Thursday, December 10, 2015

Different, But Equally Important: Kendrick and Taylor Lead Grammy Nominations

My sweet brother Sam has been paying attention to the Grammy's chaos and had a few thoughts on two of the highly juxtaposing albums leading the nods. Have a read.

When the Grammy nominations were announced this week, I was thrilled to see two of the year’s best albums leading the nominations – Taylor Swift’s swagger-filled pop masterpiece 1989 and Kendrick Lamar’s introspective and genre-pushing classic To Pimp A Butterfly

The two pieces of art are a telling statement on the National Academy of Recording Arts and Sciences realizing, after 2014's hip-hop album of the year incident best known as "the Macklemore," that this is an era when more attention needs to be paid to hip-hop that's potentially less accessible, but historically more important. It's also a statement on music today in general - the artistic spectrum is wide, and what's significant on it, varies.

Taylor comes into her own in a way that makes her deserving of every accolade. Her songwriting is clean and engaging, but, paired with an unapologetic (but long-coming) shift from her country-pop style, she created something memorable.

Kendrick’s TPAB is an artistic achievement unparalleled in recent years. It shares some similarities with Swift and her album - reinvention while staying true to form – but, it is a vastly different body of work. With jarring subject matter, musical experimentation, and no clear single, Kendrick created a beautifully difficult record. They are not the same, but they both deserve respect.

While the Grammy's are about artistic achievement - and Kendrick deserves to be honoured – they also represent the structure he rejects. They are a party and To Pimp A Butterfly is not. Recently, my sister and I were discussing the validity of different genres and how it’s unfair to disregard something based on where it lands on the musical spectrum. She pointed out that, despite its genius and her love for it, if someone put on TPAB at a party she might “kick them the ___ out.” Funny, but not wrong. Out with friends on a Friday, drinks flowing, it is not the album to listen to. There’s power and redemption, but there is no resolution, hooks or answers. It is uplifting, but it is difficult.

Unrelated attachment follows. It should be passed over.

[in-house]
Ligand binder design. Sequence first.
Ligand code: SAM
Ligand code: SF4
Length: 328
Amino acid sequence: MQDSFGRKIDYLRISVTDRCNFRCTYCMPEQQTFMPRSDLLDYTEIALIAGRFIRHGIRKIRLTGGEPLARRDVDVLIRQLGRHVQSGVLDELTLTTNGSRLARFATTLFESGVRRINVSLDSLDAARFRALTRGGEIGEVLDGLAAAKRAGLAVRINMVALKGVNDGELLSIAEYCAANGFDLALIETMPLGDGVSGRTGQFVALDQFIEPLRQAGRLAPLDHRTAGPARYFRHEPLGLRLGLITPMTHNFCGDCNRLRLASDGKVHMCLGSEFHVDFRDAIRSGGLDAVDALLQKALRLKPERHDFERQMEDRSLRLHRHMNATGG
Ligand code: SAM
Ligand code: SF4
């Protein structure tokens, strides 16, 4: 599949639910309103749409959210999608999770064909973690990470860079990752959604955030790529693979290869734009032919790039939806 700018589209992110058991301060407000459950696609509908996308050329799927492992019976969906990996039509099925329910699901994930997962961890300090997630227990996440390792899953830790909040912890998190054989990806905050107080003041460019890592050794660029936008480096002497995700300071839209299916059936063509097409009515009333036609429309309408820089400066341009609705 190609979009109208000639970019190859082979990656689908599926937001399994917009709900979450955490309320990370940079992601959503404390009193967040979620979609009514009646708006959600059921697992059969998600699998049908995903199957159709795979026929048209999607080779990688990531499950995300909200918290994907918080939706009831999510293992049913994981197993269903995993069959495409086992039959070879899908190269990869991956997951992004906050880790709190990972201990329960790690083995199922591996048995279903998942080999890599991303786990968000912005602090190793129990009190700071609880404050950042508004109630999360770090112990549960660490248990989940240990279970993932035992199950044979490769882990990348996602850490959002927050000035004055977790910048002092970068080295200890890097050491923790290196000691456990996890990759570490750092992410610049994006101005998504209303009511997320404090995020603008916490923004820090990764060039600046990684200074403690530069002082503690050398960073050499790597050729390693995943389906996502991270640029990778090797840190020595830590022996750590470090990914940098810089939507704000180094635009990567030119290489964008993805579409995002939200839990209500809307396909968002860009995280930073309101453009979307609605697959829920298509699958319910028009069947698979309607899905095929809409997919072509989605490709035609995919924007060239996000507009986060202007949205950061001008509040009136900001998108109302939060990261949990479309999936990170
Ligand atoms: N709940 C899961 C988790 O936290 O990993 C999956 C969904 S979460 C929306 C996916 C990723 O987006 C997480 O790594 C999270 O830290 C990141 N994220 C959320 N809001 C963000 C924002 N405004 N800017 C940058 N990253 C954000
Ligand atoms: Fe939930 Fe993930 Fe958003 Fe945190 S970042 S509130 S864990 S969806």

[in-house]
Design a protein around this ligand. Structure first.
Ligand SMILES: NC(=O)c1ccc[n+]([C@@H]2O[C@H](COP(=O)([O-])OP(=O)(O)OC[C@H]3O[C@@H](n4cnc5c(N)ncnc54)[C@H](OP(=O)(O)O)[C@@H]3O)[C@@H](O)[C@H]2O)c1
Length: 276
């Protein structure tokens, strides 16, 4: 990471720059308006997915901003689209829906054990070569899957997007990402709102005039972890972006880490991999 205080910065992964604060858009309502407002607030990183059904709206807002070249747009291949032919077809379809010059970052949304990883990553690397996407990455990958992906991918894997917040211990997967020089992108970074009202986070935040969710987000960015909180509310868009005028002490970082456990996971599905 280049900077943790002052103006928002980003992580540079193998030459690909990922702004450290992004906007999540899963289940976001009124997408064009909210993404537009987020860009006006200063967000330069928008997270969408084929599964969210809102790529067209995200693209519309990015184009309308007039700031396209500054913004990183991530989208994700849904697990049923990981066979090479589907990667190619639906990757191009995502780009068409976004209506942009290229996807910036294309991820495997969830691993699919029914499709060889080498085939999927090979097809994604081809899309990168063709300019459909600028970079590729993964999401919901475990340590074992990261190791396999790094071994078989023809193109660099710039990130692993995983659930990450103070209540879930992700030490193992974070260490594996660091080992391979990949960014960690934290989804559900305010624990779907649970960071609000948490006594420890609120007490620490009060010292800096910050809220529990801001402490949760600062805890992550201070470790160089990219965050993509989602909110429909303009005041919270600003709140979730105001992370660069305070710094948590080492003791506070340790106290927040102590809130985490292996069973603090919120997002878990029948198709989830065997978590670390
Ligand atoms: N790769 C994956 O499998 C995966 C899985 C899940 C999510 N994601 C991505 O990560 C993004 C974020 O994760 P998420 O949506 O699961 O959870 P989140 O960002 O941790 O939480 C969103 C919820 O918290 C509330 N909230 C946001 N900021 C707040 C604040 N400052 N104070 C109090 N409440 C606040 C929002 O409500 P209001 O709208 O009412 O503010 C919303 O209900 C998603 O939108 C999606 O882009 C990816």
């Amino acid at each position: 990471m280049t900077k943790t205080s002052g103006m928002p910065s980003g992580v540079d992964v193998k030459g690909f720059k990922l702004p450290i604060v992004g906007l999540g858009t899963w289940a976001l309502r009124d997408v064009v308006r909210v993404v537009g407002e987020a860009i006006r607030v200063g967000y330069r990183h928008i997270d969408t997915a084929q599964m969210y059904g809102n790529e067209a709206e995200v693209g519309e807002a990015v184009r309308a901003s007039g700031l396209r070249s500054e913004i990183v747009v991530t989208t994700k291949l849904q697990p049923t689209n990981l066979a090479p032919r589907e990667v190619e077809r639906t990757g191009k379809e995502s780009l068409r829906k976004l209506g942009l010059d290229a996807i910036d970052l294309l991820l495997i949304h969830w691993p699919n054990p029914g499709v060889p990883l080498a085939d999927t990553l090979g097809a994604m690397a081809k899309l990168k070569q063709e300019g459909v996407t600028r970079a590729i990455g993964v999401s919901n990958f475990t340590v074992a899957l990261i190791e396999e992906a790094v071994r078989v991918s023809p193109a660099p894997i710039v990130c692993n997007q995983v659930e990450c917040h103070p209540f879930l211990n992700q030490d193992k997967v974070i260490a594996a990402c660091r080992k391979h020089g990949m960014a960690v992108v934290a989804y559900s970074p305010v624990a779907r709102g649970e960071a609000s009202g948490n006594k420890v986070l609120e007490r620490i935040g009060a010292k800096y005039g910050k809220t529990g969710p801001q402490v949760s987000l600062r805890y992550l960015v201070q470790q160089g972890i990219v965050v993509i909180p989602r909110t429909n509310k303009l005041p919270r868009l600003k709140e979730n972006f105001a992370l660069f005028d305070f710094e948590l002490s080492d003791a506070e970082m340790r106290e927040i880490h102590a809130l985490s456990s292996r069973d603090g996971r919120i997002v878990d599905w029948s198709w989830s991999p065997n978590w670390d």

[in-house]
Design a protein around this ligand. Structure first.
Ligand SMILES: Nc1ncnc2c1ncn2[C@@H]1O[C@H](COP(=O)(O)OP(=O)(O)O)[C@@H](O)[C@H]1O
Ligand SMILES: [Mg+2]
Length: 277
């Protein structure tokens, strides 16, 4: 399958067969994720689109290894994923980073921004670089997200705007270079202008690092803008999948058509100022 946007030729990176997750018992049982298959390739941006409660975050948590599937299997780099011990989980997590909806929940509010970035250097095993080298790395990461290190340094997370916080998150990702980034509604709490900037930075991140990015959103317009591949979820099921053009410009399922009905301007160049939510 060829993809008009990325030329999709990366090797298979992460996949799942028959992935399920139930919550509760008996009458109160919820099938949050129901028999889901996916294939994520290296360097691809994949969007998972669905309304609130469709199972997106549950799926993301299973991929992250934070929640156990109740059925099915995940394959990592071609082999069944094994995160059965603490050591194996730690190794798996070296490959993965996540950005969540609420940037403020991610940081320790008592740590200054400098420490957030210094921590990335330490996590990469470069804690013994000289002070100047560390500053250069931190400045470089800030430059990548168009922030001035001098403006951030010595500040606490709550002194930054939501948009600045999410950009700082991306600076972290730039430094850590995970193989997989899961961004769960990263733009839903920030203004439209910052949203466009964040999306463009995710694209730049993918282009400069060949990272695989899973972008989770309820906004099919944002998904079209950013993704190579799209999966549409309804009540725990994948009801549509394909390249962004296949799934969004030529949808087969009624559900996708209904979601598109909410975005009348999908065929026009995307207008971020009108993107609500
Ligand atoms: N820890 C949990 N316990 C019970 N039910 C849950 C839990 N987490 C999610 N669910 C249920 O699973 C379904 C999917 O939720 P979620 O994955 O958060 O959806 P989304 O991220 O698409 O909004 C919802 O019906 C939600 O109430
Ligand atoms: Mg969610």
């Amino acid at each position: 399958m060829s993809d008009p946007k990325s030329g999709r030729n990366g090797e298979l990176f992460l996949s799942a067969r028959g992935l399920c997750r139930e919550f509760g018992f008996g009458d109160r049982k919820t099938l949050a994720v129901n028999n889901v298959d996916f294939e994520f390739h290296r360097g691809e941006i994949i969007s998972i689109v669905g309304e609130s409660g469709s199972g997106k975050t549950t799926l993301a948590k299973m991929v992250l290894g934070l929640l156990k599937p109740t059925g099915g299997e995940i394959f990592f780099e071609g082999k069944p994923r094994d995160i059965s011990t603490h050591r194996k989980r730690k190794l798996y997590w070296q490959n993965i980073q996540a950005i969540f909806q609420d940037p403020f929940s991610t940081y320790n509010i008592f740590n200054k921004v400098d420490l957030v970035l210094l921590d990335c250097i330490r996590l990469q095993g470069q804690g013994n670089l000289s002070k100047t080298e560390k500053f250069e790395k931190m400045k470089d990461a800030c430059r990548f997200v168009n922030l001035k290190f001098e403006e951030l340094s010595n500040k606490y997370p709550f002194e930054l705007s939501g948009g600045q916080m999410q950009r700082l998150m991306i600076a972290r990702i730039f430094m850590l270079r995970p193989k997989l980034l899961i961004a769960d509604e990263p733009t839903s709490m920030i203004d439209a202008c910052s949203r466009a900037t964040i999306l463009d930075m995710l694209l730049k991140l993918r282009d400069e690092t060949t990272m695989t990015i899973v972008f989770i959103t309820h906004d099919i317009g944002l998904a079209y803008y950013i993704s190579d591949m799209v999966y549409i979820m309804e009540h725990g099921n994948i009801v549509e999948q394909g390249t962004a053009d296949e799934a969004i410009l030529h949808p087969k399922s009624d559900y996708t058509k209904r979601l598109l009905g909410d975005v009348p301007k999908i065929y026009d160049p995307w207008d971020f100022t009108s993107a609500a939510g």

Much of 1989 is about rising above, but the content and presentation is easier. It's played at parties and it’s catchy as hell. If Kendrick swept the awards, no doubt some cuts would be played at his celebration. Songs like “Blank Space” and “Wildest Dreams” talk of romantic pain, not of being existentially at war with themselves.

Which are you blasting from a stereo at a BBQ? Just because something isn’t challenging doesn’t mean it's without merit.

Kendrick discovers his place in the world through painful introspection while Taylor shakes her issues off on the dance floor. Both are well-crafted, but I won’t be surprised if 1989 takes home more trophies. Comparing the two is apples and oranges. The Grammy’s are not always a place for difficult; they can be a party and for Kendrick to be nominated is enough. It is an extremely important record, but he wasn’t aiming for the Grammy’s. Conversely, just because Taylor made an accessible album doesn’t mean she should not be recognized. Both records are brilliant and both deserve to be applauded.

- Sam Huddleston

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